Thai (28) is born and raised in Vietnam. His parents are Kinh Vietnamese, he identifies himself also as Kinh Vietnamese. Thai came to The Netherlands in 2015 to study at Groningen.
What kind of upbringing did you have? There is also a term: “Tiger parents or Tiger mom”. Did you have a similar upbringing?
Yes, but not very strictly so. I was to expected to reach high academic achievements, but have never had to go through serious emotional or physical abuse in cases of less-than-desired achievements.
Are there any taboos or things that you can’t discuss with your parents?
Plenty, sexual orientation, and relatedly, relationship, how I express myself through clothes and makeup and such. I just split my life in two, one when my parents are around, and one when they are not. It is fine for now though, not asking for anyone’s pity. It’s funny how “western” parenting tended to be viewed as the model one.
Do you feel close with your Asian roots?
Certainly. I grew up in Vietnam, so I guess I don’t have any issue identify with my “root”. I’m a Kinh Vietnamese, which is the dominant ethnic group in Vietnam, where discrimination against ethnic minorities is a censored topic. I did start to research more on issues of ethnicity and history in Vietnam, in relation to the world, particularly through the lens of the Vietnam War. A lot of modern ethnic and ethno-religious conflicts in Vietnam can be traced back to the French colony, and is still, in my opinion, an issue nowadays. Learning about these issues give me perspectives of my own privilege, and why racism is a “global” issue, as in it happens everywhere in the world with different local manifestations. It makes sense to fight against racism in Vietnam, the US or the Netherlands even when you’re a Vietnamese.
Did you ever feel ashamed of you being Asian?
Never. Upon encountering racist remarks or behaviors, I’m enraged, not ashamed. There’s no reason to be ashamed of being a Vietnamese if I don’t do anything shameful.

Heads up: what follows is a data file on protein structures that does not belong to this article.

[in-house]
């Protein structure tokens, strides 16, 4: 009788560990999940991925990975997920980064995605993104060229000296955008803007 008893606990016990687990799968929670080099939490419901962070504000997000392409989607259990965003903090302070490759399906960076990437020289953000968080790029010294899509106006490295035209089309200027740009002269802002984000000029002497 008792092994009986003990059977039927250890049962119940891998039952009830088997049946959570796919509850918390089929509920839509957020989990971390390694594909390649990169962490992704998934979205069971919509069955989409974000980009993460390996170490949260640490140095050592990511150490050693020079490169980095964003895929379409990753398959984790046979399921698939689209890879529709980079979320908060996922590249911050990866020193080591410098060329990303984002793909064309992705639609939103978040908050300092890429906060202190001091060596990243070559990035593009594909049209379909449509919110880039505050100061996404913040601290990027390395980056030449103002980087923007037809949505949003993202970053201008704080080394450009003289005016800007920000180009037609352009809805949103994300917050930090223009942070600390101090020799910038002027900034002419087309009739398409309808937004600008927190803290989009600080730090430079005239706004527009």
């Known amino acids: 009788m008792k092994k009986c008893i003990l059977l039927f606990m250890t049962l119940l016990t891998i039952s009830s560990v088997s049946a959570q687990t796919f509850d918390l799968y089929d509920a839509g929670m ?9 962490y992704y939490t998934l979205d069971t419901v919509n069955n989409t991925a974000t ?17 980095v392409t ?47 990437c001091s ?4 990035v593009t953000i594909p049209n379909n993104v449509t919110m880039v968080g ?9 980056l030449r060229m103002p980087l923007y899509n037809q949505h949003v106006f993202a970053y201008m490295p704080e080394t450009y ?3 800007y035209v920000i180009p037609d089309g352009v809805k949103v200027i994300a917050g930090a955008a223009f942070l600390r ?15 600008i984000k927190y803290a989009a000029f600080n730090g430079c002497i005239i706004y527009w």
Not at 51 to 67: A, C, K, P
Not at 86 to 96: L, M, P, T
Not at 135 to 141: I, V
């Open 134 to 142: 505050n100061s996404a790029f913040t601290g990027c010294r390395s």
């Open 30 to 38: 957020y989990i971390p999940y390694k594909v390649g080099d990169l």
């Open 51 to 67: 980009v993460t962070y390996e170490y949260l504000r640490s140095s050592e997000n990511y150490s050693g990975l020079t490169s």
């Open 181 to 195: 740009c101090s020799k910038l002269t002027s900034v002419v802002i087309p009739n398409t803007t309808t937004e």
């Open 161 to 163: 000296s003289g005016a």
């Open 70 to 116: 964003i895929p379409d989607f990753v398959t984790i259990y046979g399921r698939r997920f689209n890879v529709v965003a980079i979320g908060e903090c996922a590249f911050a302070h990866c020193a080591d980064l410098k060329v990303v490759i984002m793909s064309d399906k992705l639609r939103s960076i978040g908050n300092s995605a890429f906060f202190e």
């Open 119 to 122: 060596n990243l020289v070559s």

Did you ever have a role model when you grew up?
No, I don’t. Still, I do have guiding principles, which are common sense and critical thinking. I don’t think role models are as important as thinking critically about what I can learn specifically from these so-called “role models”. I can learn one thing from A, and another from B; such learning ability is more important to me.
What do you think of the Asian representation in The Netherlands?
Dutch cinema is not popular, so I can’t comment on that. Hollywood’s representation of “Asian” has been forever problematic, and has been covered a lot already. I think there is similar issue in Vietnam in 2 senses, although more media research is needed for further discussion. Firstly, there is also a preference for Caucasian models/actors whenever a “Western” looking character is needed. Secondly, Vietnamese ethnic minorities suffer from misrepresentation as well. Recently, there has been a lot of initiatives to change this, either in Vietnam or the US. I’m not sure about the Netherlands though, since racism is not widely acknowledged as a social issue here.
Do you know any Vietnamese stereotypes and do you identify yourself with that?
Maybe Vietnamese eating dogs and Vietnamese immigrants being nail salon owners? I don’t resonate with any of these.
What do you think of the ‘The Asian Model Minority Myth’?
I am familiar with such a myth. Of course, like all other myths that are based on racial generalization, it simply ignores the historical perspective to why Asian Americans have come to be perceived as such, as opposed to, for example, African Americans. For example, Asian Americans were not exposed to the same level of slavery, and consequently, institutional discrimination, suffered by African Americans. It’s always easier to conform to social norms if the normative exclusion is placed on other groups. I don’t think I resonate with this Asian Model Minority shit, since I want to be a good person in general, as opposed to a well-behaved minority trying to adopt White norms.